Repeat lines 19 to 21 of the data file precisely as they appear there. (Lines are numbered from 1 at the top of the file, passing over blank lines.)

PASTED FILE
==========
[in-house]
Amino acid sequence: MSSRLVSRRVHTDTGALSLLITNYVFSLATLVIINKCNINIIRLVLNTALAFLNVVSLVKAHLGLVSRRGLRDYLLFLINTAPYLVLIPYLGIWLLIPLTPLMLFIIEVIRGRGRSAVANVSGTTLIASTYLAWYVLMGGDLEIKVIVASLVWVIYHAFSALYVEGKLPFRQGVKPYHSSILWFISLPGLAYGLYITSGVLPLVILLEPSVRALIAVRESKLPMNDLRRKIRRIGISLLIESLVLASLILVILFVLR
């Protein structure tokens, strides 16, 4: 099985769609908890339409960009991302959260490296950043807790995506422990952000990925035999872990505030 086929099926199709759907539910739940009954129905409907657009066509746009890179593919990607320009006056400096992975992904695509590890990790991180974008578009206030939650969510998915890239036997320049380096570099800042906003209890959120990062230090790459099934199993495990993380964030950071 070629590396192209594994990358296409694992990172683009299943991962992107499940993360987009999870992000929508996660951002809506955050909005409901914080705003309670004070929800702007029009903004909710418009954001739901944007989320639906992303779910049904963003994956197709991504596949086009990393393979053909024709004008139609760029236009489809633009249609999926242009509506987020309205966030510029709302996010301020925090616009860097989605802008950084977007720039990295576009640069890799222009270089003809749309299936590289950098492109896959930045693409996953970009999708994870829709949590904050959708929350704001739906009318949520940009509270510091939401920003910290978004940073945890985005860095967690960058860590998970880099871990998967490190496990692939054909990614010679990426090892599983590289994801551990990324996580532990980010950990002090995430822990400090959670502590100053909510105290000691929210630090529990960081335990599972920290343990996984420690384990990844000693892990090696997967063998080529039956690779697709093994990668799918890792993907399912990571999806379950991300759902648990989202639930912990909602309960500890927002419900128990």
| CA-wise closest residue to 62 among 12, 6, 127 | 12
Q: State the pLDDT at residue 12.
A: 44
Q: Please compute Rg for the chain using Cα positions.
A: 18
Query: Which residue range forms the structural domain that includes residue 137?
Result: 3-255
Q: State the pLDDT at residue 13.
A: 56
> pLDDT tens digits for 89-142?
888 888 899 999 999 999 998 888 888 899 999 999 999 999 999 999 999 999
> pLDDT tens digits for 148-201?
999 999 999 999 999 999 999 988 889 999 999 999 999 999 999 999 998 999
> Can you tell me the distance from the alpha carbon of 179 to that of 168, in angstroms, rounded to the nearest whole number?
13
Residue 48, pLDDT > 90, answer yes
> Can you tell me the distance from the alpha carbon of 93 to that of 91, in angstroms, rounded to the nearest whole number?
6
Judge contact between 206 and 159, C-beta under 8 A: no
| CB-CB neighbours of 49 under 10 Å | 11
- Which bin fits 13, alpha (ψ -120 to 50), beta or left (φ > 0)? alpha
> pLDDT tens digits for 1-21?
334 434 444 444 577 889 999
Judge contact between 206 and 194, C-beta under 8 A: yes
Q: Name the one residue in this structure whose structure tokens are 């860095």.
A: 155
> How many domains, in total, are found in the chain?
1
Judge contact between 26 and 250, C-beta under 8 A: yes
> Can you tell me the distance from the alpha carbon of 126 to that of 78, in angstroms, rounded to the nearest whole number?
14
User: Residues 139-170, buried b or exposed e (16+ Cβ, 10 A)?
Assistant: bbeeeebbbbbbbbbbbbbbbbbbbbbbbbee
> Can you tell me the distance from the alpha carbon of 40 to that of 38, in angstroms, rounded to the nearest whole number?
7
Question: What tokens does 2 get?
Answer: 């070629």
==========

Residue 48, pLDDT > 90, answer yes
> Can you tell me the distance from the alpha carbon of 93 to that of 91, in angstroms, rounded to the nearest whole number?
6